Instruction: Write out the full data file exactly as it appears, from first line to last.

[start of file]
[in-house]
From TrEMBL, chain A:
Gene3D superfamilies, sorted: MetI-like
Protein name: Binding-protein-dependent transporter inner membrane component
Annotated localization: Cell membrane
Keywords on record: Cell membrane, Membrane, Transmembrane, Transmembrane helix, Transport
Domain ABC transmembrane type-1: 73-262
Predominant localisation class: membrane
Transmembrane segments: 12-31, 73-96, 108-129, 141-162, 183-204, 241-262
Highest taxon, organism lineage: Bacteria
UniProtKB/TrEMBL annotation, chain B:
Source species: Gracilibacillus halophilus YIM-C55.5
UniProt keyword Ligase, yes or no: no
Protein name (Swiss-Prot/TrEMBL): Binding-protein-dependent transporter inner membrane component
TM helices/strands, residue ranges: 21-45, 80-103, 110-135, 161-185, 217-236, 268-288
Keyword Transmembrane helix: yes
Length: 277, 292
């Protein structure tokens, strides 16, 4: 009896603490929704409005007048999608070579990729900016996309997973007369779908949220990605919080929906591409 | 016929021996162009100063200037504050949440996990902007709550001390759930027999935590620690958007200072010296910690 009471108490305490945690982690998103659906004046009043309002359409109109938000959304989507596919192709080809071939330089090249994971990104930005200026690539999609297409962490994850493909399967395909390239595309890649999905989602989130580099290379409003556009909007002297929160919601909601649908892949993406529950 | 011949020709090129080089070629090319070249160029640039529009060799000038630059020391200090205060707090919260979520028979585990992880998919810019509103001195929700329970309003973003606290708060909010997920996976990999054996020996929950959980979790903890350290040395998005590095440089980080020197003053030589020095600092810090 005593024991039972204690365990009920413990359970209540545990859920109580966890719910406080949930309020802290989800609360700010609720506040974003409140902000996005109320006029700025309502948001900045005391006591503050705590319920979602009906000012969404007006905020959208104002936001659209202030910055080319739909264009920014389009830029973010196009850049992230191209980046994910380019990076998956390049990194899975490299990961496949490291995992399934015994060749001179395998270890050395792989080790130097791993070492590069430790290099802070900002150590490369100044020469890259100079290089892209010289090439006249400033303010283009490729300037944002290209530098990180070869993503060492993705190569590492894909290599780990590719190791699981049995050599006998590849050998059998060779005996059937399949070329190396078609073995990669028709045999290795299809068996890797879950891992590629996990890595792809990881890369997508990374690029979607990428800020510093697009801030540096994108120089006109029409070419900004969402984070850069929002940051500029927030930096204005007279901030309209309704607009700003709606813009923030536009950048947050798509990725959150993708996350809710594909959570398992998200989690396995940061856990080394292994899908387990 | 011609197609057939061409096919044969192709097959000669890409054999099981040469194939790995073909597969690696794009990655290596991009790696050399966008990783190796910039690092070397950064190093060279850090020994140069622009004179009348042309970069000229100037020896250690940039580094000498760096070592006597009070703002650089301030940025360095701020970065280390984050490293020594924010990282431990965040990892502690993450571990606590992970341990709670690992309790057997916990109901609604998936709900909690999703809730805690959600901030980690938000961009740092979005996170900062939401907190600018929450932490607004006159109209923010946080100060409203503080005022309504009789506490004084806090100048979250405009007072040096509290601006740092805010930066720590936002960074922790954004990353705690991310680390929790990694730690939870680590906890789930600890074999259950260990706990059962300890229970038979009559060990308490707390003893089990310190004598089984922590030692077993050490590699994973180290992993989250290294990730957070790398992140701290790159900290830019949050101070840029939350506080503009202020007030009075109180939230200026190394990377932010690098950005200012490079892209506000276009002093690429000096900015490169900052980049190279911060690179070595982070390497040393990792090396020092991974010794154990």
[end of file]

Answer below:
[in-house]
From TrEMBL, chain A:
Gene3D superfamilies, sorted: MetI-like
Protein name: Binding-protein-dependent transporter inner membrane component
Annotated localization: Cell membrane
Keywords on record: Cell membrane, Membrane, Transmembrane, Transmembrane helix, Transport
Domain ABC transmembrane type-1: 73-262
Predominant localisation class: membrane
Transmembrane segments: 12-31, 73-96, 108-129, 141-162, 183-204, 241-262
Highest taxon, organism lineage: Bacteria
UniProtKB/TrEMBL annotation, chain B:
Source species: Gracilibacillus halophilus YIM-C55.5
UniProt keyword Ligase, yes or no: no
Protein name (Swiss-Prot/TrEMBL): Binding-protein-dependent transporter inner membrane component
TM helices/strands, residue ranges: 21-45, 80-103, 110-135, 161-185, 217-236, 268-288
Keyword Transmembrane helix: yes
Length: 277, 292
């Protein structure tokens, strides 16, 4: 009896603490929704409005007048999608070579990729900016996309997973007369779908949220990605919080929906591409 | 016929021996162009100063200037504050949440996990902007709550001390759930027999935590620690958007200072010296910690 009471108490305490945690982690998103659906004046009043309002359409109109938000959304989507596919192709080809071939330089090249994971990104930005200026690539999609297409962490994850493909399967395909390239595309890649999905989602989130580099290379409003556009909007002297929160919601909601649908892949993406529950 | 011949020709090129080089070629090319070249160029640039529009060799000038630059020391200090205060707090919260979520028979585990992880998919810019509103001195929700329970309003973003606290708060909010997920996976990999054996020996929950959980979790903890350290040395998005590095440089980080020197003053030589020095600092810090 005593024991039972204690365990009920413990359970209540545990859920109580966890719910406080949930309020802290989800609360700010609720506040974003409140902000996005109320006029700025309502948001900045005391006591503050705590319920979602009906000012969404007006905020959208104002936001659209202030910055080319739909264009920014389009830029973010196009850049992230191209980046994910380019990076998956390049990194899975490299990961496949490291995992399934015994060749001179395998270890050395792989080790130097791993070492590069430790290099802070900002150590490369100044020469890259100079290089892209010289090439006249400033303010283009490729300037944002290209530098990180070869993503060492993705190569590492894909290599780990590719190791699981049995050599006998590849050998059998060779005996059937399949070329190396078609073995990669028709045999290795299809068996890797879950891992590629996990890595792809990881890369997508990374690029979607990428800020510093697009801030540096994108120089006109029409070419900004969402984070850069929002940051500029927030930096204005007279901030309209309704607009700003709606813009923030536009950048947050798509990725959150993708996350809710594909959570398992998200989690396995940061856990080394292994899908387990 | 011609197609057939061409096919044969192709097959000669890409054999099981040469194939790995073909597969690696794009990655290596991009790696050399966008990783190796910039690092070397950064190093060279850090020994140069622009004179009348042309970069000229100037020896250690940039580094000498760096070592006597009070703002650089301030940025360095701020970065280390984050490293020594924010990282431990965040990892502690993450571990606590992970341990709670690992309790057997916990109901609604998936709900909690999703809730805690959600901030980690938000961009740092979005996170900062939401907190600018929450932490607004006159109209923010946080100060409203503080005022309504009789506490004084806090100048979250405009007072040096509290601006740092805010930066720590936002960074922790954004990353705690991310680390929790990694730690939870680590906890789930600890074999259950260990706990059962300890229970038979009559060990308490707390003893089990310190004598089984922590030692077993050490590699994973180290992993989250290294990730957070790398992140701290790159900290830019949050101070840029939350506080503009202020007030009075109180939230200026190394990377932010690098950005200012490079892209506000276009002093690429000096900015490169900052980049190279911060690179070595982070390497040393990792090396020092991974010794154990």